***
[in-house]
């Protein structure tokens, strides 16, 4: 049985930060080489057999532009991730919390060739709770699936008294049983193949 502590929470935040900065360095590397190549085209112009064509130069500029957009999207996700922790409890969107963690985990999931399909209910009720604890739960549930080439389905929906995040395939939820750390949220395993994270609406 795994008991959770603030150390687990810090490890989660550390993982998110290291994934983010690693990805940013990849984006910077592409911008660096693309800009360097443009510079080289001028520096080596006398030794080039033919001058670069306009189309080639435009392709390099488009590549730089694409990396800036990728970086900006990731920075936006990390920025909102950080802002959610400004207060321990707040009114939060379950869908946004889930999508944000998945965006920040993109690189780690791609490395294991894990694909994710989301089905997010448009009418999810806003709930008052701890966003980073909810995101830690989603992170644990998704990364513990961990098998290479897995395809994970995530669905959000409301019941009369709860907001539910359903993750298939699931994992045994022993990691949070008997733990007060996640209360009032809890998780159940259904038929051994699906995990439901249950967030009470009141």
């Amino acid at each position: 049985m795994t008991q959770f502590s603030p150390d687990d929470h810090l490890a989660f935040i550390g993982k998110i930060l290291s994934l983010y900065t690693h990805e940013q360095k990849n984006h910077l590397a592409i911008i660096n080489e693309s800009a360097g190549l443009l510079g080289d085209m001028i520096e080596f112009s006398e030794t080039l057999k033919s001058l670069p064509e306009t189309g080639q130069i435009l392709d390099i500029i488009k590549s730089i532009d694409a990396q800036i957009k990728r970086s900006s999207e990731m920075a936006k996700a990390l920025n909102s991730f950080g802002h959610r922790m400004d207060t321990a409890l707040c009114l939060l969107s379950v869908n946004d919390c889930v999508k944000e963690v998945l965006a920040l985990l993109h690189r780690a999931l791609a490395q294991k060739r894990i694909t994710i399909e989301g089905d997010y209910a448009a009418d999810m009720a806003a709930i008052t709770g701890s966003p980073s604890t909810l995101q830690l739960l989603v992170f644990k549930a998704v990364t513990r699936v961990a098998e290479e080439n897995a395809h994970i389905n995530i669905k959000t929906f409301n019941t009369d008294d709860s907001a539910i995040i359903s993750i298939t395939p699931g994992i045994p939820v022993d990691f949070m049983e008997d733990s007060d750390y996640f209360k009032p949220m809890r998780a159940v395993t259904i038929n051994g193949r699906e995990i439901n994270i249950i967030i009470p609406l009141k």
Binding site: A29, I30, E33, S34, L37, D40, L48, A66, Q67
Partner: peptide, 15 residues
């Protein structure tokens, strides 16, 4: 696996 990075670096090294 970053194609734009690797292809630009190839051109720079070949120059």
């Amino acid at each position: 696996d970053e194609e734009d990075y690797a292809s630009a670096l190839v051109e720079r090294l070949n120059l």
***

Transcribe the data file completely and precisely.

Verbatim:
[in-house]
């Protein structure tokens, strides 16, 4: 049985930060080489057999532009991730919390060739709770699936008294049983193949 502590929470935040900065360095590397190549085209112009064509130069500029957009999207996700922790409890969107963690985990999931399909209910009720604890739960549930080439389905929906995040395939939820750390949220395993994270609406 795994008991959770603030150390687990810090490890989660550390993982998110290291994934983010690693990805940013990849984006910077592409911008660096693309800009360097443009510079080289001028520096080596006398030794080039033919001058670069306009189309080639435009392709390099488009590549730089694409990396800036990728970086900006990731920075936006990390920025909102950080802002959610400004207060321990707040009114939060379950869908946004889930999508944000998945965006920040993109690189780690791609490395294991894990694909994710989301089905997010448009009418999810806003709930008052701890966003980073909810995101830690989603992170644990998704990364513990961990098998290479897995395809994970995530669905959000409301019941009369709860907001539910359903993750298939699931994992045994022993990691949070008997733990007060996640209360009032809890998780159940259904038929051994699906995990439901249950967030009470009141």
């Amino acid at each position: 049985m795994t008991q959770f502590s603030p150390d687990d929470h810090l490890a989660f935040i550390g993982k998110i930060l290291s994934l983010y900065t690693h990805e940013q360095k990849n984006h910077l590397a592409i911008i660096n080489e693309s800009a360097g190549l443009l510079g080289d085209m001028i520096e080596f112009s006398e030794t080039l057999k033919s001058l670069p064509e306009t189309g080639q130069i435009l392709d390099i500029i488009k590549s730089i532009d694409a990396q800036i957009k990728r970086s900006s999207e990731m920075a936006k996700a990390l920025n909102s991730f950080g802002h959610r922790m400004d207060t321990a409890l707040c009114l939060l969107s379950v869908n946004d919390c889930v999508k944000e963690v998945l965006a920040l985990l993109h690189r780690a999931l791609a490395q294991k060739r894990i694909t994710i399909e989301g089905d997010y209910a448009a009418d999810m009720a806003a709930i008052t709770g701890s966003p980073s604890t909810l995101q830690l739960l989603v992170f644990k549930a998704v990364t513990r699936v961990a098998e290479e080439n897995a395809h994970i389905n995530i669905k959000t929906f409301n019941t009369d008294d709860s907001a539910i995040i359903s993750i298939t395939p699931g994992i045994p939820v022993d990691f949070m049983e008997d733990s007060d750390y996640f209360k009032p949220m809890r998780a159940v395993t259904i038929n051994g193949r699906e995990i439901n994270i249950i967030i009470p609406l009141k």
Binding site: A29, I30, E33, S34, L37, D40, L48, A66, Q67
Partner: peptide, 15 residues
């Protein structure tokens, strides 16, 4: 696996 990075670096090294 970053194609734009690797292809630009190839051109720079070949120059």
């Amino acid at each position: 696996d970053e194609e734009d990075y690797a292809s630009a670096l190839v051109e720079r090294l070949n120059l």